A few different ports

1994 Gehrig Family Estate Vintage Port 17.5%
Barnawatha, on the outskirts of Rutherglen (Victoria). A recent very smart $25 auction buy. Although the cork failed to survive the corkscrew and ah-so, all was OK after the usual filtration. From “low-yielding old Shiraz vines”, it’s still a deep ruby colour with blackberry, bramble and sweet brandy vanilla. The palate is mellow and cuddly. There is fruity plum, blackberry and fig to satisfy the most fastidious with enough weight and tannin to maintain interest throughout.  Absolutely at its peak with cork gods indulgence. Terrific, and insanely delicious from a less-well-known producer.

1994 gehrig vp

Drink to 2026, and 91 points

1985 Warres Vintage Port 20%
Three different corkscrews failed to remove the cork cleanly, and plentiful sediment was successfully filtered out.

Ruby with some bricking, but the colour was still  flattering for a 36 year old Portuguese Vintage Port.. The wine is very stylish with fragrant mocha, fig, ripe red and black fruits and smart integrated mellow spirit. The palate adds almond notes, spices and the fresh as well as dried fruit flavours persist.

Drinking dramatically well now – and up to say 2030, and 95 points

1991 Seppeltsfield Para (21 year old) 21%
A single vintage tawny style, purchased last year at auction for $70. Around 40 y/o seems to be my preference in tawny styles; older wines can show extremes, meaning they are impressive but not entirely pleasurable; younger wines don’t achieve all the complexities the style is capable of. But 21 years is enough!

Seppelts (and Seppeltsfield) have unparalleled experience in this style with Para appearing in many guises. Mainly made from Grenache, there is the typical Seppelt khaki colour with a green tint. Beautifully assembled; there are all sorts of nut – almond and brazil with whispers of olive.  Toffee, caramel, mocha, hints of malt, salinity; clean spirit integrated and the end result in is a lush triumph. Rich with depth and acidy preventing any cloying. From a terrific red year in the Barossa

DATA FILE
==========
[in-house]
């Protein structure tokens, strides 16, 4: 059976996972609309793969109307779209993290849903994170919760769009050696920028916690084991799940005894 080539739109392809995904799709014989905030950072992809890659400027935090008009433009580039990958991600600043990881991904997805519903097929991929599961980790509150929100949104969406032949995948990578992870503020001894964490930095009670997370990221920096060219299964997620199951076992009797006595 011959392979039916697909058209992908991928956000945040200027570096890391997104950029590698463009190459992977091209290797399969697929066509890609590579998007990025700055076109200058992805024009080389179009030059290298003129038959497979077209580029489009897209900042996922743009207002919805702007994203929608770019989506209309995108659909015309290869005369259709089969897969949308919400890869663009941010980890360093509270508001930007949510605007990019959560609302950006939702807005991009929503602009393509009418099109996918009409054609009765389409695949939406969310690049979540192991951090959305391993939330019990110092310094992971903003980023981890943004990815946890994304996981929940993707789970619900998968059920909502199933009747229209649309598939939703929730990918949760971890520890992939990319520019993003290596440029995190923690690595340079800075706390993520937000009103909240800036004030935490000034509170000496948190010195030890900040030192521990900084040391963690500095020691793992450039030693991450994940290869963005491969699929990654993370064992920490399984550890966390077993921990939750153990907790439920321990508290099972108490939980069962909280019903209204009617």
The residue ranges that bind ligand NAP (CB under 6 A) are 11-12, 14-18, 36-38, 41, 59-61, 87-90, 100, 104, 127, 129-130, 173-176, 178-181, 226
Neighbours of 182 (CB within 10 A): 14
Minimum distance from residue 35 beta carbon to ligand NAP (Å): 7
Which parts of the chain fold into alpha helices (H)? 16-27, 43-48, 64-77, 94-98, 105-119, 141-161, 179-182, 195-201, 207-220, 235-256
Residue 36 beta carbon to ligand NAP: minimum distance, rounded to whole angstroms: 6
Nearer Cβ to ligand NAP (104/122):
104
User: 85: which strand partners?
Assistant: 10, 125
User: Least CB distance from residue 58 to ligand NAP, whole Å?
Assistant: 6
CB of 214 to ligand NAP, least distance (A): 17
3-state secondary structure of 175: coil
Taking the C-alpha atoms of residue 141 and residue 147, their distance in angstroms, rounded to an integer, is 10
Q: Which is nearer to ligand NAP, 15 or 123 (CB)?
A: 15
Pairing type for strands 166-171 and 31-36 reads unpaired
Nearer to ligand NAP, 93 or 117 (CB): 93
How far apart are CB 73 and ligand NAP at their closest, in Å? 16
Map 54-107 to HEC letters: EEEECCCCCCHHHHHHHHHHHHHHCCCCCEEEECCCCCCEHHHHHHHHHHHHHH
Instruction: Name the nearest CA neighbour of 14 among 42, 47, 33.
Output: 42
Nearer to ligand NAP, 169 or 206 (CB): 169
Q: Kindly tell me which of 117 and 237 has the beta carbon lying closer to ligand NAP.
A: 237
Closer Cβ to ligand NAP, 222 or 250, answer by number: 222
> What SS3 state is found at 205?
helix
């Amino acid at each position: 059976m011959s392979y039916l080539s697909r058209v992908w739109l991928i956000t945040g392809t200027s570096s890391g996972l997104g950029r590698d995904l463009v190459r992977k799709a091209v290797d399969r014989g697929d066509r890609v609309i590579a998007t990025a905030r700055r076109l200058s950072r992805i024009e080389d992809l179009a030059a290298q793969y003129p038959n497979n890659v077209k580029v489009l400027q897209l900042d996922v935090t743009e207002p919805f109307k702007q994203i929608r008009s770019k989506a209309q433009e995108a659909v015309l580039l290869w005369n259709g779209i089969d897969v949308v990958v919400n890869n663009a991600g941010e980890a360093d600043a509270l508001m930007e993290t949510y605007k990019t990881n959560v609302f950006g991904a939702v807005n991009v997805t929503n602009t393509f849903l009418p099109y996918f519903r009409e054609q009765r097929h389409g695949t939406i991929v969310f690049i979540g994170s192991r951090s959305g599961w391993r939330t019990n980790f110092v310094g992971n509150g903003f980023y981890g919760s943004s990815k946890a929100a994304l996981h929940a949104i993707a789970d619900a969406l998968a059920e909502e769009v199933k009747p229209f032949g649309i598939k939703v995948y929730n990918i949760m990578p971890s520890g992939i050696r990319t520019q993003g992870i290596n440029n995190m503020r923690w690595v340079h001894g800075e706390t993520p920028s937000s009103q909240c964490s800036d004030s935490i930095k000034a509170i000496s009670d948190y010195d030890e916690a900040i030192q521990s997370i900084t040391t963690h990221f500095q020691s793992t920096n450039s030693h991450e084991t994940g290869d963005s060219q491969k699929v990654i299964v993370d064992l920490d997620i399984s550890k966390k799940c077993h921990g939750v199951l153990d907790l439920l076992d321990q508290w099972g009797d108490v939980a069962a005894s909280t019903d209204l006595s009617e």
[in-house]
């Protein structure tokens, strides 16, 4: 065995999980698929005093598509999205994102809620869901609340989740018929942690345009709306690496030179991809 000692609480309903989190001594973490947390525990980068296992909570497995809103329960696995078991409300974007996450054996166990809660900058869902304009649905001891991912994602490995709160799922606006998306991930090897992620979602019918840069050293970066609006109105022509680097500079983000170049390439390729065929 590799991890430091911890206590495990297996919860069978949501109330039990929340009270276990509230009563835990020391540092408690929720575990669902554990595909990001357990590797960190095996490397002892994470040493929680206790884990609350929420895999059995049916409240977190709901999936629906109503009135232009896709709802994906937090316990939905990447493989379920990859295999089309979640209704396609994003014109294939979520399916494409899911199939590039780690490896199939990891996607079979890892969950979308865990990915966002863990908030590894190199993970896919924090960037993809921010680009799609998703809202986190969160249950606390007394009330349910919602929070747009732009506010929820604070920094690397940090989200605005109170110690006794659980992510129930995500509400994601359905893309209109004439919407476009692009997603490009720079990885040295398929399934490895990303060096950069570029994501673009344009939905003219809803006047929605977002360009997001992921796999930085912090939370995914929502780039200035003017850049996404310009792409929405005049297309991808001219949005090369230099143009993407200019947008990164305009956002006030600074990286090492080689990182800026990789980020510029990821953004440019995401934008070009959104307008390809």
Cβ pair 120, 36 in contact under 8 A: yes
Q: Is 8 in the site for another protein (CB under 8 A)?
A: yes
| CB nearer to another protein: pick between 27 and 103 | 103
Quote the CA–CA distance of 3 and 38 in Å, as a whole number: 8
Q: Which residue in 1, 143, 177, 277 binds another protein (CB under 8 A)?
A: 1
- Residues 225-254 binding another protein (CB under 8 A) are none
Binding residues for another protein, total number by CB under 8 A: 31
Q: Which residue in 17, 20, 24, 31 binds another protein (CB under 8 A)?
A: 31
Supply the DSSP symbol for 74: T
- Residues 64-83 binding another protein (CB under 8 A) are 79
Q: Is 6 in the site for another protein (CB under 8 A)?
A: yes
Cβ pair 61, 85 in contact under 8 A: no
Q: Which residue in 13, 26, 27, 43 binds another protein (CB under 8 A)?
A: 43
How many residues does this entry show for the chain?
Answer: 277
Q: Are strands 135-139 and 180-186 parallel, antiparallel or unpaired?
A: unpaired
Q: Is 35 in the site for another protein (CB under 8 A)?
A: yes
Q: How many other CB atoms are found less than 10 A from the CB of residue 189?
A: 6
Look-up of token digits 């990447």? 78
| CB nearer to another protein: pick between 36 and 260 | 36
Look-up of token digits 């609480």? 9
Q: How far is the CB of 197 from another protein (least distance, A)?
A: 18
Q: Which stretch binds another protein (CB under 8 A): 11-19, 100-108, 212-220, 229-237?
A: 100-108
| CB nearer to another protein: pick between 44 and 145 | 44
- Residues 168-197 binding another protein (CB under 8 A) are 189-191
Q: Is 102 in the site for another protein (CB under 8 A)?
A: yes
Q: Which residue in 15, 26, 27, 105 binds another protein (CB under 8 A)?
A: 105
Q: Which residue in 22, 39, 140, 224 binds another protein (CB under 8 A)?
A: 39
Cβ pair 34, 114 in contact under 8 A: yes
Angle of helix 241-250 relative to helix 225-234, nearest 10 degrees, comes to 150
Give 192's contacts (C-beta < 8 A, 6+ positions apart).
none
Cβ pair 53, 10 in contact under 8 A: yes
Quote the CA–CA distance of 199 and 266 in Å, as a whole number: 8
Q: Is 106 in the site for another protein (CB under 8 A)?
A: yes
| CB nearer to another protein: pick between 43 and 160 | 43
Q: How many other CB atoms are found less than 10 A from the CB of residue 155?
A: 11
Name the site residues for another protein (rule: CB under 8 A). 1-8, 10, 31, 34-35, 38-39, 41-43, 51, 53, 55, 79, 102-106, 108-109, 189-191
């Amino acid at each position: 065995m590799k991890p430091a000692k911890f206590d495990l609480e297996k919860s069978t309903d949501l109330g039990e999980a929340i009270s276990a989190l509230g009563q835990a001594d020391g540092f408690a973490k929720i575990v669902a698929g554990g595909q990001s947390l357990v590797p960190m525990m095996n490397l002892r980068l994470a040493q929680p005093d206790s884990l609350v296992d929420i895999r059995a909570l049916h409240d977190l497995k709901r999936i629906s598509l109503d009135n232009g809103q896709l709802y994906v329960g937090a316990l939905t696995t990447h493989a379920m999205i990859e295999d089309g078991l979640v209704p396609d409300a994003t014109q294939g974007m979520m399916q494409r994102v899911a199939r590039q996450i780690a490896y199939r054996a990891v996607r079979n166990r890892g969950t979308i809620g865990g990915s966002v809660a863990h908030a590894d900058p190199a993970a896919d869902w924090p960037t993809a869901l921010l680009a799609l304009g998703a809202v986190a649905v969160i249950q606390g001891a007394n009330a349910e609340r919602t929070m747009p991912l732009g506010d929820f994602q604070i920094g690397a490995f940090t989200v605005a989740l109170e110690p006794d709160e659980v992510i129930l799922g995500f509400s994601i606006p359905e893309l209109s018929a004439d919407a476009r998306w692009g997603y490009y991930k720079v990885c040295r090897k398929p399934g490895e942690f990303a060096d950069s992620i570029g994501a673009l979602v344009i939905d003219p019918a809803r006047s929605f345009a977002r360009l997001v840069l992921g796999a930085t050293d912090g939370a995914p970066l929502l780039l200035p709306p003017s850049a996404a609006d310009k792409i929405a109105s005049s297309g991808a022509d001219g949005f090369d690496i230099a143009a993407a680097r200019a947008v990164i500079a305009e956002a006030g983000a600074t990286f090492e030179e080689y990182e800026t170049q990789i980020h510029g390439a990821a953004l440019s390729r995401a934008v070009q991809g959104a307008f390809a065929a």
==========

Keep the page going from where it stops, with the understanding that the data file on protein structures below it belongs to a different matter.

Drink now, and 93 points.

One sweet, one fortified

2011 Donnafugata Passita di Pantelleria Ben Ryé 14.5%
Half-bottle. From Sicily, Zibibbo (Muscat of Alexandria) air-dried, ending up with 203 g/l of residual sugar. On this island off Siciy, old bush vines are protected from the prevailing winds by terraces. The drying process means the grape-juice loss of perhaps 30%, with lots of manual handing (selecting, and de-stemming) with a flow-on to pricing. This is a super-refreshing dessert wine – no botrytis, no fortification, so there are – merely – the usual sweet wine production hazards of VA, lengthy fermentation and reduced yield. The air drying on mats or racks can add its own special dangers with humidity, insects and wildlife.  Further information from the producer is here. The wine will be hard to find in Australia, but one retailer sells a half-bottle for $80 (vintage not known).

This is a wine with distinctive character – narrow to some but mesmerising.

The colour was deep gold; scents came through with peppermint, vermouth-like herb and spices, and an overwhelming sense of apricots and other stonefruit, peaches, nectarine – a halfway house between over-ripe and tinned fruit. It’s a full-bodied wine of power and intensity. The exotically fragrant Muscat of Alexandria grape is expressed – winemaking here has been expert at preserving fruit vigour over artefact.

Drink to 2025, but it’s ready and will awaken jaded palates, so 93 points

NV Orlando Commemoration (tawny) Port
Another speculative auction purchase for just over $30, again from Barossa Shiraz, Carignan and Mataro, matured in small French oak with an average age of 15 years. So this “old liqueur port” is somewhat more than a generic commercial release, and probably hit the market in 1981 or 1982. Made in a deliberately oxidative style, any improvement in the bottle is marginal, and runs the usual risks of improper storage, cork failure, and potential loss of freshness. Decanting not only avoids sediment, but can alleviate initial aromatic oddities.

The contents have rested in a bottle for 40 years, and the cork broke when I tried to remove it. The art of blending this style is trying to ensure the blend is better than its components, getting depth and flavour complexity from older material, gaining the vibrancy from more youthful material.

I admire the squat bottle, black wax remnants and the charmingly retro label.

The colour is a amber, khaki and a lighter amber-tinted rim. Fresh and strong. The palate is a rich, smooth amalgam of mocha and light caramel, with vanilla present but not obtrusive, dried and stewed fruits, citrus peel., mixed spices- an assembly of passion. Everything sits smoothly,   

Drink now, 90 points

1976 Orlando Vintage Port 18.3%

This was a very recent speculative $20 auction purchase; a “limited special release”, Barossa Shiraz and Carignan, American oak, brandy spirit.

“Ideal for enjoyment now…potential for further cellaring”.